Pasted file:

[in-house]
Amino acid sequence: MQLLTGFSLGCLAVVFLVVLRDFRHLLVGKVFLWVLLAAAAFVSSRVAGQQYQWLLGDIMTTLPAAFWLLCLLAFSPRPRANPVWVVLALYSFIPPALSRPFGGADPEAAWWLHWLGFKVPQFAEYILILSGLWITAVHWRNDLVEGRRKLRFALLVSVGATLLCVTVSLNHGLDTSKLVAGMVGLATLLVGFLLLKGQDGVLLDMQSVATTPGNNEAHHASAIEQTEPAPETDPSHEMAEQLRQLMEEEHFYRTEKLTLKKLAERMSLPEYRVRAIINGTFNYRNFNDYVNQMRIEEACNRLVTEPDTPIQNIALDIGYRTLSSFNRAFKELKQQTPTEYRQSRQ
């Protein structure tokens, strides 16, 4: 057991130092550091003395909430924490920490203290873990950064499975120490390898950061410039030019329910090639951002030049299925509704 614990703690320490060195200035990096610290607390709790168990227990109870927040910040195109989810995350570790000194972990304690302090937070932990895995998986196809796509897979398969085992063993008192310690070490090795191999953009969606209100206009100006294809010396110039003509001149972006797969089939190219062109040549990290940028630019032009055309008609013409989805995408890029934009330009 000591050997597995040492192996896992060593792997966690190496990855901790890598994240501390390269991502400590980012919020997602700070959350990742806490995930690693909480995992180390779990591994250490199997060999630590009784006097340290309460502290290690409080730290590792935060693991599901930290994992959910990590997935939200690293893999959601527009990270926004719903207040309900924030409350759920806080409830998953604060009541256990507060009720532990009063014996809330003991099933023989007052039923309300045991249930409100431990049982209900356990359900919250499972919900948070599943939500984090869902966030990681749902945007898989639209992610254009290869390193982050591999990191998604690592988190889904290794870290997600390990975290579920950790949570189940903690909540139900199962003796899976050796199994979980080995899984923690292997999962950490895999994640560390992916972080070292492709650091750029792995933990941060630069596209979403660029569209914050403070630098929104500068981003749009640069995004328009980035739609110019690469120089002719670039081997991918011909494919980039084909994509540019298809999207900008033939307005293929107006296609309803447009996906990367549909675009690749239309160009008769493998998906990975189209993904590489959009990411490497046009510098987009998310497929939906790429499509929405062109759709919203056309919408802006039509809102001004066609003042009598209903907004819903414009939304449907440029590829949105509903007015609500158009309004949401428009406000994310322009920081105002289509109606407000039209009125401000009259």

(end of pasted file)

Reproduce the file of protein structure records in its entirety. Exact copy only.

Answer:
[in-house]
Amino acid sequence: MQLLTGFSLGCLAVVFLVVLRDFRHLLVGKVFLWVLLAAAAFVSSRVAGQQYQWLLGDIMTTLPAAFWLLCLLAFSPRPRANPVWVVLALYSFIPPALSRPFGGADPEAAWWLHWLGFKVPQFAEYILILSGLWITAVHWRNDLVEGRRKLRFALLVSVGATLLCVTVSLNHGLDTSKLVAGMVGLATLLVGFLLLKGQDGVLLDMQSVATTPGNNEAHHASAIEQTEPAPETDPSHEMAEQLRQLMEEEHFYRTEKLTLKKLAERMSLPEYRVRAIINGTFNYRNFNDYVNQMRIEEACNRLVTEPDTPIQNIALDIGYRTLSSFNRAFKELKQQTPTEYRQSRQ
């Protein structure tokens, strides 16, 4: 057991130092550091003395909430924490920490203290873990950064499975120490390898950061410039030019329910090639951002030049299925509704 614990703690320490060195200035990096610290607390709790168990227990109870927040910040195109989810995350570790000194972990304690302090937070932990895995998986196809796509897979398969085992063993008192310690070490090795191999953009969606209100206009100006294809010396110039003509001149972006797969089939190219062109040549990290940028630019032009055309008609013409989805995408890029934009330009 000591050997597995040492192996896992060593792997966690190496990855901790890598994240501390390269991502400590980012919020997602700070959350990742806490995930690693909480995992180390779990591994250490199997060999630590009784006097340290309460502290290690409080730290590792935060693991599901930290994992959910990590997935939200690293893999959601527009990270926004719903207040309900924030409350759920806080409830998953604060009541256990507060009720532990009063014996809330003991099933023989007052039923309300045991249930409100431990049982209900356990359900919250499972919900948070599943939500984090869902966030990681749902945007898989639209992610254009290869390193982050591999990191998604690592988190889904290794870290997600390990975290579920950790949570189940903690909540139900199962003796899976050796199994979980080995899984923690292997999962950490895999994640560390992916972080070292492709650091750029792995933990941060630069596209979403660029569209914050403070630098929104500068981003749009640069995004328009980035739609110019690469120089002719670039081997991918011909494919980039084909994509540019298809999207900008033939307005293929107006296609309803447009996906990367549909675009690749239309160009008769493998998906990975189209993904590489959009990411490497046009510098987009998310497929939906790429499509929405062109759709919203056309919408802006039509809102001004066609003042009598209903907004819903414009939304449907440029590829949105509903007015609500158009309004949401428009406000994310322009920081105002289509109606407000039209009125401000009259």